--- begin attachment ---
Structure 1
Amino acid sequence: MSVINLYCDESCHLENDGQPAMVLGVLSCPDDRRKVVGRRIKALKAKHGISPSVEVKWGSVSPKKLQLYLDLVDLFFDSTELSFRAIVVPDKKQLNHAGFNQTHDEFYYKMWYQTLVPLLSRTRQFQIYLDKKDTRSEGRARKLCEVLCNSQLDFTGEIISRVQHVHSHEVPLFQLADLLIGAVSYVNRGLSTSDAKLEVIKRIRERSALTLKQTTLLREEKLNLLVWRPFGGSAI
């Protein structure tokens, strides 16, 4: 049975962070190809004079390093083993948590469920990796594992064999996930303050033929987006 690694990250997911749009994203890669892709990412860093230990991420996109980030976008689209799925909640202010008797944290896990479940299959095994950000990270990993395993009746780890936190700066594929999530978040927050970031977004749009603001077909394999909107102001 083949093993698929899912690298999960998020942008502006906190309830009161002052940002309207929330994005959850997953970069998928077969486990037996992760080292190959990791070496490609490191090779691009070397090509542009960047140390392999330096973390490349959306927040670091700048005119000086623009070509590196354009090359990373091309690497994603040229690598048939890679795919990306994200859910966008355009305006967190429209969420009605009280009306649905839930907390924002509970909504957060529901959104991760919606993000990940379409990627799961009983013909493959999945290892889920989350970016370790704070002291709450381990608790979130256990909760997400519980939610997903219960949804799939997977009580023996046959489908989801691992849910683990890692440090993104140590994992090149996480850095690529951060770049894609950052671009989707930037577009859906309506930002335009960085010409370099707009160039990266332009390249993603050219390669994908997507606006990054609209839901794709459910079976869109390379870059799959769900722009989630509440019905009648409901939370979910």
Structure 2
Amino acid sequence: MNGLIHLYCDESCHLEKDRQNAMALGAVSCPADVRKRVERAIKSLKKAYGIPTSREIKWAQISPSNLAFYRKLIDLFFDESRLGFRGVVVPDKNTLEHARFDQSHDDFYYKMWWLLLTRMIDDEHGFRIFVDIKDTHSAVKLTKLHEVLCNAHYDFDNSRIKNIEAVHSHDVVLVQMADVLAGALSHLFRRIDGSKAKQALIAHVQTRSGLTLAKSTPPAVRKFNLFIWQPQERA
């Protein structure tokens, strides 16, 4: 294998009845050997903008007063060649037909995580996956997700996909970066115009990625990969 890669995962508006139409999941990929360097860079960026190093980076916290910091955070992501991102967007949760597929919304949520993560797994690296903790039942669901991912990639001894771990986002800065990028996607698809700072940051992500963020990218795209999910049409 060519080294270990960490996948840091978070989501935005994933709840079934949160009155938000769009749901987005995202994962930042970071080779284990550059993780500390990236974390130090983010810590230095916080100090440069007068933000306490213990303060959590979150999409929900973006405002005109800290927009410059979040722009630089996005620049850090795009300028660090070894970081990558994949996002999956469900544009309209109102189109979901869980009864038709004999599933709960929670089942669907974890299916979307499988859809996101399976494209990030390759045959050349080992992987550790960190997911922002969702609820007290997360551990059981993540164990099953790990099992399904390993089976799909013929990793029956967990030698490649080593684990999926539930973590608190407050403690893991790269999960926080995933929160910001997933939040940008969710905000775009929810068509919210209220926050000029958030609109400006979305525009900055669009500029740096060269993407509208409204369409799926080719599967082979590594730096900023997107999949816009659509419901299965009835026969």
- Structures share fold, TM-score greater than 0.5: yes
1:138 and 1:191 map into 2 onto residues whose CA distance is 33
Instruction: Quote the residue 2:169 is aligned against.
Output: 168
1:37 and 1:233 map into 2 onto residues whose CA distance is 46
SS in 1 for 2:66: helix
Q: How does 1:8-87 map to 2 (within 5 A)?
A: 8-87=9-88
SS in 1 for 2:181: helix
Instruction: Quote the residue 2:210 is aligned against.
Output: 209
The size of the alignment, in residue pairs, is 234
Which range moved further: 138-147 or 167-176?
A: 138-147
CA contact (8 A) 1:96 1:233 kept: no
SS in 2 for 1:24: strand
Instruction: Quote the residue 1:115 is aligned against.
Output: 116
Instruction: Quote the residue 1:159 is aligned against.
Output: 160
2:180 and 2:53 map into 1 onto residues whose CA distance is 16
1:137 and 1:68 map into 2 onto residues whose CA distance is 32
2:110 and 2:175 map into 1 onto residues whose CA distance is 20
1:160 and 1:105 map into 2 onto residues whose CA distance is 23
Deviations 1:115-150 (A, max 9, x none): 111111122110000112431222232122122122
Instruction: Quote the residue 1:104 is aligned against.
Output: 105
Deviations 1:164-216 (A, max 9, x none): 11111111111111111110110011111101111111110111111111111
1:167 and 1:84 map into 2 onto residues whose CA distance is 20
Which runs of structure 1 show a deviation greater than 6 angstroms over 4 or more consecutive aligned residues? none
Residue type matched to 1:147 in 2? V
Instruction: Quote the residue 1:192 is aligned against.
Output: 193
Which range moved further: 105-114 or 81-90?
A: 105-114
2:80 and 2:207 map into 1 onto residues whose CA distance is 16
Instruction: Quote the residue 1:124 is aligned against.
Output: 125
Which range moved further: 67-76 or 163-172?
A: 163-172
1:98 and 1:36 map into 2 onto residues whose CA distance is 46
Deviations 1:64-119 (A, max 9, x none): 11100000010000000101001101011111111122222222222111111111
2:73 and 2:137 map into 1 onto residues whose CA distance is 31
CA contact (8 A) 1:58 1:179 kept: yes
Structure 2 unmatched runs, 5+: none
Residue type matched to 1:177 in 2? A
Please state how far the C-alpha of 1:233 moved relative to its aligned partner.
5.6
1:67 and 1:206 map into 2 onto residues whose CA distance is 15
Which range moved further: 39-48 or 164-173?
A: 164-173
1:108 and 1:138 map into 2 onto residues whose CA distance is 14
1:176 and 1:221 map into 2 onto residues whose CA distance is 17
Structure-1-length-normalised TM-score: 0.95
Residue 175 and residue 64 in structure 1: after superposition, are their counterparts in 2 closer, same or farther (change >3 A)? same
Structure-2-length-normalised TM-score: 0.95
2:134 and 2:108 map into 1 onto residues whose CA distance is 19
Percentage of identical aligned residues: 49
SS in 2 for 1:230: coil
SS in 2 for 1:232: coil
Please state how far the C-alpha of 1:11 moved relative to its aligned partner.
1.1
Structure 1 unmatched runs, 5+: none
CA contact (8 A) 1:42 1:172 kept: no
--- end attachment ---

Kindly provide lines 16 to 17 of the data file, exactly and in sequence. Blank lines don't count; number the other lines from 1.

Instruction: Quote the residue 2:210 is aligned against.
Output: 209